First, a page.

Monitoring churn as soon as possible is immensely important to you SaaS startup. It is the best metric I’ve seen to answer the important question, “How are we doing?”

Most importantly, because a low churn indicates happy customers, it can also be a predictor of top-level growth. If people are happy with a service, their likelihood of telling others about it goes up. Now not only have you made your current customer base happy, but you are turning them into evangelists.

Get things set up today

In the very early stages, these metrics will suffer from the Law of Small Numbers. (It doesn’t take a few people to greatly swing them in one direction or another.) Nonetheless, it’s important to establish baselines early, however small the numbers may be.

After the numbers start to grow, you’ll be able to start deducing many things about your business. If we were to begin paid acquisition, how much should we spend? With metrics, you’re able to make educated guesses and spend less time spinning your wheels. At LayerVault, we did not understand this and spent lots of time throwing things at the wall and emulating other companies.

We should have started building dashboards as soon as our product was in the beta testers hands. We would be able to measure our progress and new feature releases.

There’s no shortage of tools to do this, but I recommend long-time LayerVault customer Geckboard. Use the spreadsheets I have linked below. Take a Friday afternoon or two and get this stuff set up today. As you start generating real data, you can start to see how changing one metric has cascading effects on the rest of them. Pricing, one of the most difficult problems for a young company to get right, can be approached scientifically.

Why incubators exist

Depending on who you ask, incubators and very early stage funds can leave a bad taste in your mouth.

Never stop learning

The number of fundamental metrics and things to understand doesn’t stop here. Churn is probably the most important, since it aggregates the performance of the business, and can be a leading indicator for other parts. Low churn is necessary for high-growth startups.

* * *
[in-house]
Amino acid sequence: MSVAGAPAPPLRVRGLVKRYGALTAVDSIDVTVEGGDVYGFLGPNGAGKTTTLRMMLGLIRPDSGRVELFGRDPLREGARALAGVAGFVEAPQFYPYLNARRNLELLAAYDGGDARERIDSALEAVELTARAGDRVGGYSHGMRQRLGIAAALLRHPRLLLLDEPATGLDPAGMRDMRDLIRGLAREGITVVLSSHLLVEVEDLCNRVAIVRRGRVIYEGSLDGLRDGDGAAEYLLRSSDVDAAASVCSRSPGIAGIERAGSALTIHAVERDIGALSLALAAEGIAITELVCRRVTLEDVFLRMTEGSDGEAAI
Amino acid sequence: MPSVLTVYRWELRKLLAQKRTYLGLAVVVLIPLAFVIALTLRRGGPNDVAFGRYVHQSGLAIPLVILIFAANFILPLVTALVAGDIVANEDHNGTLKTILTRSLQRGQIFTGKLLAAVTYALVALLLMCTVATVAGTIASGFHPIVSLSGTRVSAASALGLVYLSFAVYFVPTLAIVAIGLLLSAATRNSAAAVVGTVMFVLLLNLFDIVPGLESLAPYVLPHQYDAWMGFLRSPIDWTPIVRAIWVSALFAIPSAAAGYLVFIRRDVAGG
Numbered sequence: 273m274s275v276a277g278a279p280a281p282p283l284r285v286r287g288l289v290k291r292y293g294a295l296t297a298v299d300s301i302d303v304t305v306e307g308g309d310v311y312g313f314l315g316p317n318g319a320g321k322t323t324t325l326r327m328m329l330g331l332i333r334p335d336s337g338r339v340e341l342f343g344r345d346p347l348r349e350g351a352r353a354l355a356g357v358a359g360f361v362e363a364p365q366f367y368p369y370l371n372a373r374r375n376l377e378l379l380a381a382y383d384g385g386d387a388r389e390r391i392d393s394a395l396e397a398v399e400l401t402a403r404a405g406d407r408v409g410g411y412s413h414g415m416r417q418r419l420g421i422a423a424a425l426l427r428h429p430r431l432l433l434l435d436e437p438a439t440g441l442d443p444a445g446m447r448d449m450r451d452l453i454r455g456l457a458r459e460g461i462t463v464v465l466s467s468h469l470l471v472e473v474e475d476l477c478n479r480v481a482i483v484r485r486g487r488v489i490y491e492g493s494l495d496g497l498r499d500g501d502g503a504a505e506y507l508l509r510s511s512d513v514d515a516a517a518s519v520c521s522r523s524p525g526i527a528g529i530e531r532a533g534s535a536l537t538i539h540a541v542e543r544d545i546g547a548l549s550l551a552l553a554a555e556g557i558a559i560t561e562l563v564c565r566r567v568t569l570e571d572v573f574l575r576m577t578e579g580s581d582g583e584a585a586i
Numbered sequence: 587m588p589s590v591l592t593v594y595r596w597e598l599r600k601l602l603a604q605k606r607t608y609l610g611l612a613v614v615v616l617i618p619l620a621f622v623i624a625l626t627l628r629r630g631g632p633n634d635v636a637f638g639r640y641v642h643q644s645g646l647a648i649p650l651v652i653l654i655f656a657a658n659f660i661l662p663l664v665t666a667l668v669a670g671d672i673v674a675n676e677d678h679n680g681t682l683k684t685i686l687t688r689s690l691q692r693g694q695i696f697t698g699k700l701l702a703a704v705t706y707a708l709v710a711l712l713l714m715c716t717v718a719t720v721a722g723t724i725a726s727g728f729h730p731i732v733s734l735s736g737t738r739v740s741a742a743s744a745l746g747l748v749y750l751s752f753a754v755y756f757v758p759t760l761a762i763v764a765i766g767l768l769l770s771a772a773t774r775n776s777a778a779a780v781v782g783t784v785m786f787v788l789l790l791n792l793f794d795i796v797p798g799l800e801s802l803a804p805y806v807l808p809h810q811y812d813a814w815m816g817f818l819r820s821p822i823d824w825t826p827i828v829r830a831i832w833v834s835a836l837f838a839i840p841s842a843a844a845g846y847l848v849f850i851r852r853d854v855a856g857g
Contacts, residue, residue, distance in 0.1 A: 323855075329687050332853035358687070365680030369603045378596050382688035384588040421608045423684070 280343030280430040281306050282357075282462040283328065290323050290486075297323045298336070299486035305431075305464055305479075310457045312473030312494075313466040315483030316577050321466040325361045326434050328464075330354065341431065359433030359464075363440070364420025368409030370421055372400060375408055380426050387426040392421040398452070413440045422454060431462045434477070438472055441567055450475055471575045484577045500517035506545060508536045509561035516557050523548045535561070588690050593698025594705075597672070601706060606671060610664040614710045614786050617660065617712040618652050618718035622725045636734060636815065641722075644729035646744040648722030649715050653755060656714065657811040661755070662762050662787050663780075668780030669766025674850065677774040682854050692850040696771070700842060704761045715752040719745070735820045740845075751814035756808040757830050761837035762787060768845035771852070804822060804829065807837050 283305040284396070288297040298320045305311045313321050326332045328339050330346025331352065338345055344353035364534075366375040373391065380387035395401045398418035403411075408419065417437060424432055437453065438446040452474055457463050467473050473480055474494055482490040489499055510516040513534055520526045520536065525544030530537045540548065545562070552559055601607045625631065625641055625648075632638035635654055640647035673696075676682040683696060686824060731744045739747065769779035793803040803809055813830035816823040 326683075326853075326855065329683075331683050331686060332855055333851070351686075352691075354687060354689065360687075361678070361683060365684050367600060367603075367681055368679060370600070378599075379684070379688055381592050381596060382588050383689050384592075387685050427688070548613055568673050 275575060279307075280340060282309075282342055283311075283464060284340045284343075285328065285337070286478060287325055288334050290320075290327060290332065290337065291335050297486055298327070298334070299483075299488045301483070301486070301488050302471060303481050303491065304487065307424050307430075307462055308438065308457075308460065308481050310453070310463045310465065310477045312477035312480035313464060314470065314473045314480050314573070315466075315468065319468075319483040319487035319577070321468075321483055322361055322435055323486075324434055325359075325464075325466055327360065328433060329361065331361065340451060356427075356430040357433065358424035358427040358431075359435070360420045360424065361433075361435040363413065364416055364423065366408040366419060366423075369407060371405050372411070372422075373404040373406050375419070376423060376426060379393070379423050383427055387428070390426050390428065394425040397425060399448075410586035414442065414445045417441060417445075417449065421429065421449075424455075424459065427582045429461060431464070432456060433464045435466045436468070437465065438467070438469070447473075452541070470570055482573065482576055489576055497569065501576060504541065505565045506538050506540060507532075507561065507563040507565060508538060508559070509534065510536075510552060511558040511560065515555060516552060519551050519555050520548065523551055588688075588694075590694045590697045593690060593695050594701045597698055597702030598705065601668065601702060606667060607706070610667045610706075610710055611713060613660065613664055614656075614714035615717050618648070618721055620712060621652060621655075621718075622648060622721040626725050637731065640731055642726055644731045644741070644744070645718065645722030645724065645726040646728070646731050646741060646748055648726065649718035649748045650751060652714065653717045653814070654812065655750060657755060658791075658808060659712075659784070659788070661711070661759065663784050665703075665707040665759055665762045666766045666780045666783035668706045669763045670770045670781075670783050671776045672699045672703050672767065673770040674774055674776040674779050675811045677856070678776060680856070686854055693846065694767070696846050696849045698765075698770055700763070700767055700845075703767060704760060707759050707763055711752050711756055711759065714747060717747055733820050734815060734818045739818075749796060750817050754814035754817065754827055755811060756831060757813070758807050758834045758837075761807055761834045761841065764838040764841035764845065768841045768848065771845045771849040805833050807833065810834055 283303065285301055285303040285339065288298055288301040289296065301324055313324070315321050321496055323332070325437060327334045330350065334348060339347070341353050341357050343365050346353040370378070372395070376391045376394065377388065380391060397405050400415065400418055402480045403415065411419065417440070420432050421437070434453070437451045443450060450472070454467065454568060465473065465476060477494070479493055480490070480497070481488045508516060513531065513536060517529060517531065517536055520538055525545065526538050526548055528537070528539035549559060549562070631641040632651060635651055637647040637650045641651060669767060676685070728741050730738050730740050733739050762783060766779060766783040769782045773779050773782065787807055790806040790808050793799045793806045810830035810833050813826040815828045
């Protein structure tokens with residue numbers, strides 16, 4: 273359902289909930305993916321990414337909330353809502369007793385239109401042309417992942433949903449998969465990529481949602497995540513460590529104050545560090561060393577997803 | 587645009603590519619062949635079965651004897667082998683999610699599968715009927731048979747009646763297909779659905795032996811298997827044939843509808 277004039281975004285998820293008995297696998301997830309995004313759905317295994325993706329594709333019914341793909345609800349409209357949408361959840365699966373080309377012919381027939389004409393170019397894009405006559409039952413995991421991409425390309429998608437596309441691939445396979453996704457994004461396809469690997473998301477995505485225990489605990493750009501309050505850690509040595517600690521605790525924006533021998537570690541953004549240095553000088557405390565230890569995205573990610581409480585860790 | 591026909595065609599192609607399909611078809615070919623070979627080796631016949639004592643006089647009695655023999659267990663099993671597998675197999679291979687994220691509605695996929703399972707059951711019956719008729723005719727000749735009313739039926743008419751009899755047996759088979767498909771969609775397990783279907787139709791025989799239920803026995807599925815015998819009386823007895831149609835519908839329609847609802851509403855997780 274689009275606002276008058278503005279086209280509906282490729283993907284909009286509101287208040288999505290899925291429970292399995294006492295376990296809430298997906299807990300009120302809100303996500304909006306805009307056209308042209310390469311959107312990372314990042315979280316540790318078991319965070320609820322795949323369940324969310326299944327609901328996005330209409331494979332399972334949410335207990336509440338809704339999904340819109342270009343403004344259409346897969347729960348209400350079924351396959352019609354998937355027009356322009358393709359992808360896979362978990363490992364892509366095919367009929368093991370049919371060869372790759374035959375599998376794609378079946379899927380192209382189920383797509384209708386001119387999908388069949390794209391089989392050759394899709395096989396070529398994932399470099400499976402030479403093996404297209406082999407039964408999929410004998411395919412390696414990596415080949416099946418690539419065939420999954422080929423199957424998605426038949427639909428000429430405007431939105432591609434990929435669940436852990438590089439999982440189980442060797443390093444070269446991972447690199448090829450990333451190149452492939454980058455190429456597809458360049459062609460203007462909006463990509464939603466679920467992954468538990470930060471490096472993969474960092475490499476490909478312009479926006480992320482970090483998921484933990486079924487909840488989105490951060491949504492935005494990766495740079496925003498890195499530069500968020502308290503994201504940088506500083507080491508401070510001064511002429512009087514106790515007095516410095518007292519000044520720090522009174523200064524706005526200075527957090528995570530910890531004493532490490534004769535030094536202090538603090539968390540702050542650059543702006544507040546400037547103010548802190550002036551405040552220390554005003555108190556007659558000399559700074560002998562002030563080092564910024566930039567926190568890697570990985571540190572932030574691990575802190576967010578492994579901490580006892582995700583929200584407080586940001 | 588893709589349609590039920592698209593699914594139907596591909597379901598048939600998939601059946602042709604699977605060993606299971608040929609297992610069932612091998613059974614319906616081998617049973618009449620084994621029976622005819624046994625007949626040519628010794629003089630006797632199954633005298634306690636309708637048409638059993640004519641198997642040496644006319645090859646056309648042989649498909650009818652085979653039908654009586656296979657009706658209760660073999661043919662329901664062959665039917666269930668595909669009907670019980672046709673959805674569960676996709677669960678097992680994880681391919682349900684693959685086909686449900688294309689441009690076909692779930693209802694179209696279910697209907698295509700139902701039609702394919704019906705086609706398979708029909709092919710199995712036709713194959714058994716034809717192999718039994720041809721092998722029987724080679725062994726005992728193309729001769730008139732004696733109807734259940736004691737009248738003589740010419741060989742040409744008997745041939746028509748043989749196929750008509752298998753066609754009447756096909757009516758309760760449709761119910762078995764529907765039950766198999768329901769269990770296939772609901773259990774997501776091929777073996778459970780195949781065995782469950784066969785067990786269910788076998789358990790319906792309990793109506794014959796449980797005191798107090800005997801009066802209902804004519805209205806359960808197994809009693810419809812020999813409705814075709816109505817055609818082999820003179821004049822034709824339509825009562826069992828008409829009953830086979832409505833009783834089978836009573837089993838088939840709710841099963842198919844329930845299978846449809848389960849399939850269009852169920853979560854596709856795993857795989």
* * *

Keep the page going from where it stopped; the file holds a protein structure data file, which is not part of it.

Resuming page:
There are many great resources for this stuff. Do yourself a favor and make the investment to learn this stuff now. Unfortunately, I learned much of this too-little-too-late:

Above all, make sure you never stop learning. Eventually, you need to develop a muscle to know exactly how changes in your key metrics affect your business. It will allow you to make much more calculated decisions about prioritizing features, handling customer support, and much more.

Learning the fundamentals of SaaS businesses could have completely changed how LayerVault turned out. I hope that you, dear reader, do not make the same mistakes that I did.

  1. For the record, acquisitions for most self-serve SaaS products should be considered the trial sign-ups. A customer becomes activated once their first payment is made (and not refunded). If you have questions about getting your company’s metrics set up for success, please drop me an email. More than happy to help. 

  2. My two favorite worksheets are ones those provided by Ryan Carson, founder of Treehouse, and the model provided by Christoph Janz, a partner at Point Nine Capital.